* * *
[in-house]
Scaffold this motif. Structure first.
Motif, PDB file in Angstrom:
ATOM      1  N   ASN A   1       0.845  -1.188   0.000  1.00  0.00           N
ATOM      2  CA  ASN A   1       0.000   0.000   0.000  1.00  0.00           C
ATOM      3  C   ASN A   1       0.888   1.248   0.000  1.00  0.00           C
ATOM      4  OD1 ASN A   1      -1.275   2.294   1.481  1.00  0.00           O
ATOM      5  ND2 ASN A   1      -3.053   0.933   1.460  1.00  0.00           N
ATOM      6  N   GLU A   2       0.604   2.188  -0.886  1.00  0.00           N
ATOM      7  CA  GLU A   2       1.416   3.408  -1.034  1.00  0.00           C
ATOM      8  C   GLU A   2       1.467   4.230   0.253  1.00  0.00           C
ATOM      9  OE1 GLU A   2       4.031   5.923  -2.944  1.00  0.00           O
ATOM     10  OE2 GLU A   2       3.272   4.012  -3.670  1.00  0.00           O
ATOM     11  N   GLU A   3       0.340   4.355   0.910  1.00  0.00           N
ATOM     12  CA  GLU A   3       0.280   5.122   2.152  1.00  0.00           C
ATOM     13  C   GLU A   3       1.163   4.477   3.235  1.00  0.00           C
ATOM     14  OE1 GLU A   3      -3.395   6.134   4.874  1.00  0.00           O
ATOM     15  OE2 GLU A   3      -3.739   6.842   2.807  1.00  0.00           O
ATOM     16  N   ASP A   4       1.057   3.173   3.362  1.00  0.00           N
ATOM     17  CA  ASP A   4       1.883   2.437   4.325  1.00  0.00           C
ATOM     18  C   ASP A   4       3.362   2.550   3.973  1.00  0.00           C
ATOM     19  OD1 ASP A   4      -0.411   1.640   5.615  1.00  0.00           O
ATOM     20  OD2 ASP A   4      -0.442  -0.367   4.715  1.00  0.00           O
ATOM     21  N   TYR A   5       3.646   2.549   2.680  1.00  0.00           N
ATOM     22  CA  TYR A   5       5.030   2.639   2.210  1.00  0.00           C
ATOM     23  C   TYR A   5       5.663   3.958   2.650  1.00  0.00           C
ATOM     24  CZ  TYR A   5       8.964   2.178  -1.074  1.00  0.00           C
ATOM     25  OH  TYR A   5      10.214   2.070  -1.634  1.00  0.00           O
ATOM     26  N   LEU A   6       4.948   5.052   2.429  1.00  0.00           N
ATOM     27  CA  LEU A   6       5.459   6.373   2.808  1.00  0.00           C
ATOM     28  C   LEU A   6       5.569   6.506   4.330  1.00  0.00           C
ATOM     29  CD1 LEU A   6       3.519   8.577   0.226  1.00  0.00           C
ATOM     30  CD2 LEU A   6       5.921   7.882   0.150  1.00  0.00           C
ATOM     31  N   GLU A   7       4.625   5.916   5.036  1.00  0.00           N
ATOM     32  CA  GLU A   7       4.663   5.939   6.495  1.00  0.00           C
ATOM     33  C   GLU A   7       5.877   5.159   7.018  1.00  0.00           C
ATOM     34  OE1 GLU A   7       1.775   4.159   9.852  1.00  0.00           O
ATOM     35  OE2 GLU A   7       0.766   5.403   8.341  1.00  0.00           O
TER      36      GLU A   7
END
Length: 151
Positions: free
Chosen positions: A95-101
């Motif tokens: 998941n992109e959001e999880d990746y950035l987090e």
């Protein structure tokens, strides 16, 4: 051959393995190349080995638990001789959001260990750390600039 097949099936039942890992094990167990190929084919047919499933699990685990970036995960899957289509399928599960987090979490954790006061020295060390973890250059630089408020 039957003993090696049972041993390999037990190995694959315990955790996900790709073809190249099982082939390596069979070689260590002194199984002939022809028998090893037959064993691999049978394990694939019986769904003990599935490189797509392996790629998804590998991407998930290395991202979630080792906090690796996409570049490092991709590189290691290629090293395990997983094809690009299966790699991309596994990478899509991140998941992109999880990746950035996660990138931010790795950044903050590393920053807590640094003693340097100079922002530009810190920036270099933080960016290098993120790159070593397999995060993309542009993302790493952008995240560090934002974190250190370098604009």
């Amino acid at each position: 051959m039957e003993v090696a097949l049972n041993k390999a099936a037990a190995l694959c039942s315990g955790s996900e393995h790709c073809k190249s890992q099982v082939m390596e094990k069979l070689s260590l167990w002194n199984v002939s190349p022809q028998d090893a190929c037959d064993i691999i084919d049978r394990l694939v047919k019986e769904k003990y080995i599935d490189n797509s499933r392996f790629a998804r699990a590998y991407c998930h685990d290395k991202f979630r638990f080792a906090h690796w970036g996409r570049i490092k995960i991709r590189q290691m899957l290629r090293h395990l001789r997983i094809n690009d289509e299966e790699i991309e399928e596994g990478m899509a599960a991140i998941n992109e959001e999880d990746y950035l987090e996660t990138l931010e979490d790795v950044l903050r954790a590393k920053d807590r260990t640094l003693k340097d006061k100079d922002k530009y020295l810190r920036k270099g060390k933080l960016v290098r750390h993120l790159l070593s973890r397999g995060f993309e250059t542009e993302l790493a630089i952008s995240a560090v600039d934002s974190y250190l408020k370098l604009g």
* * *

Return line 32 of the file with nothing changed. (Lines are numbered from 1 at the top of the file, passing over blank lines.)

ATOM     29  CD1 LEU A   6       3.519   8.577   0.226  1.00  0.00           C